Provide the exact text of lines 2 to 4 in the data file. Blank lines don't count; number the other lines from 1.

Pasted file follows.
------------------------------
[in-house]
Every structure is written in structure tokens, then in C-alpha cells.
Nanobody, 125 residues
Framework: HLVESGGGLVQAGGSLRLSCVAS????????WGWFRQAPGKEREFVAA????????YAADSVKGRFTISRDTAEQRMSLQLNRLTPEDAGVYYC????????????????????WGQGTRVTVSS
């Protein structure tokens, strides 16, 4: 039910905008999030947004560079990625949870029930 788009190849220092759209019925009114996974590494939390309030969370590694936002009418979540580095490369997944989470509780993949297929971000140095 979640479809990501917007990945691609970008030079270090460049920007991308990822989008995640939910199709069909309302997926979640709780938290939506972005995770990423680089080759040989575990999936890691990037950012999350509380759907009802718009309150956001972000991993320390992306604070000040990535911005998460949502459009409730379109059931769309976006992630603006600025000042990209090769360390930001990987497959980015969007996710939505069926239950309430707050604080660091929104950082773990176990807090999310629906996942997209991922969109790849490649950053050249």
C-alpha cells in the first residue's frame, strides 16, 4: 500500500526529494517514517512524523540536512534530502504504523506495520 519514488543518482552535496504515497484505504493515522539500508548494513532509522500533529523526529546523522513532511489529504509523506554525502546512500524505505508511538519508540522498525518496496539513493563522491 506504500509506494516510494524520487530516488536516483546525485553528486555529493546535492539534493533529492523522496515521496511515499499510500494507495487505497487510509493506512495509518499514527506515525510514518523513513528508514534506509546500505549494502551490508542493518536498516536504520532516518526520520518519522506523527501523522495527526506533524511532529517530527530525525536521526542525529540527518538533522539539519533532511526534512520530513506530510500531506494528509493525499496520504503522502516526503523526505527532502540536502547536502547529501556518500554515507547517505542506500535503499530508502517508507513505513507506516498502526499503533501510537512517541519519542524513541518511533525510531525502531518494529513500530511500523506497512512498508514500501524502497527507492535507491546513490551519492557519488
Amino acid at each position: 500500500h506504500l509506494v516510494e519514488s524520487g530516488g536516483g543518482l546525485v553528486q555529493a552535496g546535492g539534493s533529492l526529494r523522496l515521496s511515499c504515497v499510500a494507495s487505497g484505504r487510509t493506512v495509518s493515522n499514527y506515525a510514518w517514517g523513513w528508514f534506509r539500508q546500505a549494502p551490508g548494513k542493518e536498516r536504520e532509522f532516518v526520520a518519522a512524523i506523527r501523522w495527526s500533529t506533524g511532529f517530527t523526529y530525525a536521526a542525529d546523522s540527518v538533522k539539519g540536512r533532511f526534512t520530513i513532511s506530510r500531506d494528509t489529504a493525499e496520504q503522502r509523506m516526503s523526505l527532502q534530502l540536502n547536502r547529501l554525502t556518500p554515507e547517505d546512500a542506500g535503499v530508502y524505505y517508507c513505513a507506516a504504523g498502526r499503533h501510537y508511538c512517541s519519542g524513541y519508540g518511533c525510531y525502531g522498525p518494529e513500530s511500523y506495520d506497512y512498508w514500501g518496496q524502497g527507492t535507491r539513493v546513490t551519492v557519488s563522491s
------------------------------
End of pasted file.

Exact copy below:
Every structure is written in structure tokens, then in C-alpha cells.
Nanobody, 125 residues
Framework: HLVESGGGLVQAGGSLRLSCVAS????????WGWFRQAPGKEREFVAA????????YAADSVKGRFTISRDTAEQRMSLQLNRLTPEDAGVYYC????????????????????WGQGTRVTVSS